Ebooks Or Print Books? Which Should You Use?
Since so much of medical education involves reading, it is important to consider how eBooks compare with print books. Pros and cons of either method of reading have been presented in previous posts (A, B, C).
Which format do medical students prefer? Comparing medical student needs with those of general readers in other areas of interest is not necessarily useful. Someone reading a novel may have different preferences than a student who wants to underline, take notes, and study intensively for long periods.
The impression I have from medical students is that preferences differ considerably. Some prefer eBooks because they are easily portable and generally cost less than print books. Also, it is easier to acquire eBooks outside the country of publication, due to high costs of shipping print books. Ebooks also have an advantage of easy searchability and the ability to link to other areas. They can provide audio and video and are more easily updated.
Other students, however, prefer print books. Not every book requires audio and video. While an eBook can provide an impressive 3D rotation of the complex hemoglobin molecule, how important is it to know this structure? Is it educational or eye candy? While current eBooks allow for highlighting and note-taking, it is easier to do this directly in a print book, and one can easily just flip from one page to the next. Also, the screen glare is disturbing to some; it can be fatiguing looking at a screen for a long time, and there is a question as to whether reading speed and retention may be superior in print books. There is also an intangible; there is something “cozy” about a print book that is not found in an eBook.
In view of the differences in preferences, it would make sense for a publisher to publish the same book in both print and eBook format, so that readers can decide for themselves. Presently, several factors delay the publishing of eBooks: One is the different formats of eBooks; an eBook may be available on one type of reading tablet but not another, and even when books are available on a number of reading tablets, the interfaces may differ and the books may look different on one tablet as compared with another. Some books can be read on one’s computer desktop; others off the Internet, while others require a reading device. Also, some companies offer books using their proprietary reading applications, which are not available on Kindle, iPad, Nook, Android, or other reading tablets. This confusion is not the case with print books, where there is a single standard format; everyone knows how to use a print book and they are simple to use. If you want a print book, you can just go to a bookstore or major Internet distributor such as amazon.com or Barnes&Noble.com to purchase it. When the format and method of distributing eBooks become more standardized, this should increase the publication of eBooks, since a publisher can then develop an eBook in a single format and have it widely available, without having to prepare the book in a number of different formats for different eReading platforms.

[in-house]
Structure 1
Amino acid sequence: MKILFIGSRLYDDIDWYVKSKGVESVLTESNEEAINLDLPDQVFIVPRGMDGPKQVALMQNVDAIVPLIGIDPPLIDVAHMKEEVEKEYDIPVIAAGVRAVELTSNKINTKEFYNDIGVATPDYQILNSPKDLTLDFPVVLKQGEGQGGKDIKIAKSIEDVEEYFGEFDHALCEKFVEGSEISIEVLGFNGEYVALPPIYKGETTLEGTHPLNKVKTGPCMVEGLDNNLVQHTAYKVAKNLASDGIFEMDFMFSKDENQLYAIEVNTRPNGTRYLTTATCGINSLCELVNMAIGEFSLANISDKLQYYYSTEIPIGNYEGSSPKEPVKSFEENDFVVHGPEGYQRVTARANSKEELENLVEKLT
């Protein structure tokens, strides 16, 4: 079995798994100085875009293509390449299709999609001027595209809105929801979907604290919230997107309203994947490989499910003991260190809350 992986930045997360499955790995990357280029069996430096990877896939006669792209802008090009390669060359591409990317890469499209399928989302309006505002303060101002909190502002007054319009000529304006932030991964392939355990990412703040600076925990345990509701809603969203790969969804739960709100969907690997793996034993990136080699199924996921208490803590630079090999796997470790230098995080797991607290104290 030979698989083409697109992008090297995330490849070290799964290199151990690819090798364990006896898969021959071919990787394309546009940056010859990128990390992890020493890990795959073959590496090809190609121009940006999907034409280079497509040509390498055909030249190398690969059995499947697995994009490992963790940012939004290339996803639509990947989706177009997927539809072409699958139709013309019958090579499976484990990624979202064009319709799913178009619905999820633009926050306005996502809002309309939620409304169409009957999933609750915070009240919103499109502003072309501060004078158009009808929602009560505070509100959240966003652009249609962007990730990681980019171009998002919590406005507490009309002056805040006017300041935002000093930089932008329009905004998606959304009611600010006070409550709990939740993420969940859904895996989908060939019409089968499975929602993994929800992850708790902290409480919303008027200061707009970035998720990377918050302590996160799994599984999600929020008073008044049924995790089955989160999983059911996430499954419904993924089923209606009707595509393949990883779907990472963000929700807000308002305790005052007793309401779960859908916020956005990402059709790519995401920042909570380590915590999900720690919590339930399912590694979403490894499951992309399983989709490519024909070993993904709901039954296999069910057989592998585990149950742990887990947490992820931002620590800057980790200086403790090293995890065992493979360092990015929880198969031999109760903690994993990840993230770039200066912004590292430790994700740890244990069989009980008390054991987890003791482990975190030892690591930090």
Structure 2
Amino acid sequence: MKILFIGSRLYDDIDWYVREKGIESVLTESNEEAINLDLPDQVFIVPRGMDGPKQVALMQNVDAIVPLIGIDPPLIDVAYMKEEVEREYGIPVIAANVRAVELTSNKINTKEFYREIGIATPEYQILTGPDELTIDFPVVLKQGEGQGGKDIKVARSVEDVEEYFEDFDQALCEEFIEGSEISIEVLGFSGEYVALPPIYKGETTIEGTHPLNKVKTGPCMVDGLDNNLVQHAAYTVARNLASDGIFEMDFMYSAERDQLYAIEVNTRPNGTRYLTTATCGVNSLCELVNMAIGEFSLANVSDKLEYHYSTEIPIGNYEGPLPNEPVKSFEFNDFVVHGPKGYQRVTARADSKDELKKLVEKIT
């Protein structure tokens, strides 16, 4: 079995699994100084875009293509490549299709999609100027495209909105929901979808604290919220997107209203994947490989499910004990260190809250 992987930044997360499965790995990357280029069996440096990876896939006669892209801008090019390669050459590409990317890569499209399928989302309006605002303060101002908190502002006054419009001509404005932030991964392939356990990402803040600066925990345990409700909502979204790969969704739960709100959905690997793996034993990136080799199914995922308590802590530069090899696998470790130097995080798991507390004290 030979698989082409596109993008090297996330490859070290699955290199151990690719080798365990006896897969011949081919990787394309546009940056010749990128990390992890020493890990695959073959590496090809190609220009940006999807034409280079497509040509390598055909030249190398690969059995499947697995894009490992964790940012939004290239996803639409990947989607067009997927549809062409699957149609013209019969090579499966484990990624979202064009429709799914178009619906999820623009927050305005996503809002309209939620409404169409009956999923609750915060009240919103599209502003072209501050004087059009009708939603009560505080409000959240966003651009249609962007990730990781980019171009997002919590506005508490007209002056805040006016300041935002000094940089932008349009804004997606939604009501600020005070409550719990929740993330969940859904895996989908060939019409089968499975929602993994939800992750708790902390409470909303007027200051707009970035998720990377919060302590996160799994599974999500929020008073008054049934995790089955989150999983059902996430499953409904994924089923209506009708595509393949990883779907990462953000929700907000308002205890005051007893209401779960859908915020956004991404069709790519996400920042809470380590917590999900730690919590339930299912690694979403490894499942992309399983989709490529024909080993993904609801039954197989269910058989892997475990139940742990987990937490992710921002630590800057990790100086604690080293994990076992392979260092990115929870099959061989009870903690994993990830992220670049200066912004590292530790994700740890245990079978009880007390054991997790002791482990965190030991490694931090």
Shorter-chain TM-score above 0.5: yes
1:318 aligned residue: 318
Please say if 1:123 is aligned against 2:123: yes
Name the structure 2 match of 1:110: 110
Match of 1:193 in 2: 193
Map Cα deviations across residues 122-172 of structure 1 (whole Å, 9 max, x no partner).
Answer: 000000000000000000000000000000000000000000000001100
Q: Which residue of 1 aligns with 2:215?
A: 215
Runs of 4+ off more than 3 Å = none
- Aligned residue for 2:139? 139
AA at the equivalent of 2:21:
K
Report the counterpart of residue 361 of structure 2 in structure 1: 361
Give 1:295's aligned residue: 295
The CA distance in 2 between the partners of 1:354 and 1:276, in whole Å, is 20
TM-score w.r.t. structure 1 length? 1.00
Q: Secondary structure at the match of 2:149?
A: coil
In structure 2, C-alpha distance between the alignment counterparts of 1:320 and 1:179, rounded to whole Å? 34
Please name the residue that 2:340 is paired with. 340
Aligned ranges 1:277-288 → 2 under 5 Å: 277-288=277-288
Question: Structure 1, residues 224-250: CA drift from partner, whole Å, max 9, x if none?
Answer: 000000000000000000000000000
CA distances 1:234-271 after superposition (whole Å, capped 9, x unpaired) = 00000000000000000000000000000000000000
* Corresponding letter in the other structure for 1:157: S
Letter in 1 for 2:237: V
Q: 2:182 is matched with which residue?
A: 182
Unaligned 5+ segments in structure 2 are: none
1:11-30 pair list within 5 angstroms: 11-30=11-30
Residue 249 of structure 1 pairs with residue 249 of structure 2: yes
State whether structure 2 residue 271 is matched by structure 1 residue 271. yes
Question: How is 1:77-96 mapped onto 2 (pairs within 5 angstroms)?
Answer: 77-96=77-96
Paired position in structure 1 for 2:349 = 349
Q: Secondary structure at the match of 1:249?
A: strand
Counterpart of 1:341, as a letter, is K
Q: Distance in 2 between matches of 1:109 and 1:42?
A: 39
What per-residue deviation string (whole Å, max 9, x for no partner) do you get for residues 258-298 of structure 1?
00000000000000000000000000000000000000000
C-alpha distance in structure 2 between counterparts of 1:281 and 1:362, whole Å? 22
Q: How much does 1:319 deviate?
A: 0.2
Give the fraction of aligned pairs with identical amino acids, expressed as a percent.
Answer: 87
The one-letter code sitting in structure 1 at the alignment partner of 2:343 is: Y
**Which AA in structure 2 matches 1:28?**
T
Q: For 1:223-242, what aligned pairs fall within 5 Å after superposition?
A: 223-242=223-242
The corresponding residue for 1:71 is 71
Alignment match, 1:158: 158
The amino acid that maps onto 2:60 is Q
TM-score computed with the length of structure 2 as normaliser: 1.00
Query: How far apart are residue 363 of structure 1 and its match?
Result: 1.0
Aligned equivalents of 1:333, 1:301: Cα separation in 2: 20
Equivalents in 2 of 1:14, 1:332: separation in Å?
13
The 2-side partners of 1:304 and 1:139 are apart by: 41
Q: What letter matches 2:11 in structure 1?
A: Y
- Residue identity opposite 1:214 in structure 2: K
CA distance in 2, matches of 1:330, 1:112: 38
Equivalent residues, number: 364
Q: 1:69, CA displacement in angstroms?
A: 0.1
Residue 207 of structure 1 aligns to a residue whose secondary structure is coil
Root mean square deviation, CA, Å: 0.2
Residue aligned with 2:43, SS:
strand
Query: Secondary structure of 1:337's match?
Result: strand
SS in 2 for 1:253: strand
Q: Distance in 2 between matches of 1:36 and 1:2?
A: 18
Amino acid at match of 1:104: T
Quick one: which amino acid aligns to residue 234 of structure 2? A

Another factor holding up the production of eBooks is the evolving terms that eBook distributors such as amazon (Kindle), Apple (iPad), Barnes & Noble (Nook), etc. offer to publishers. These will need to be worked out and better standardized.
In addition, preparing an eBook that has many images and tables, particularly tables that spread across two pages in an 8.5″ x 11″ print book presents certain technical problems in trying to convert it to an eBook, since current eReaders offer a smaller viewing area, and there can be problems with the awkward reflow of text in tables.
Presently, Medmaster has begun developing a number of its titles in eBook format. These include Acid-Base, Fluids and Electrolytes Made Ridiculously Simple, The Four-Minute Neurologic Exam, Anatomy of the Soul, Med’Toons and Clinical Biostatistics Made Ridiculously Simple.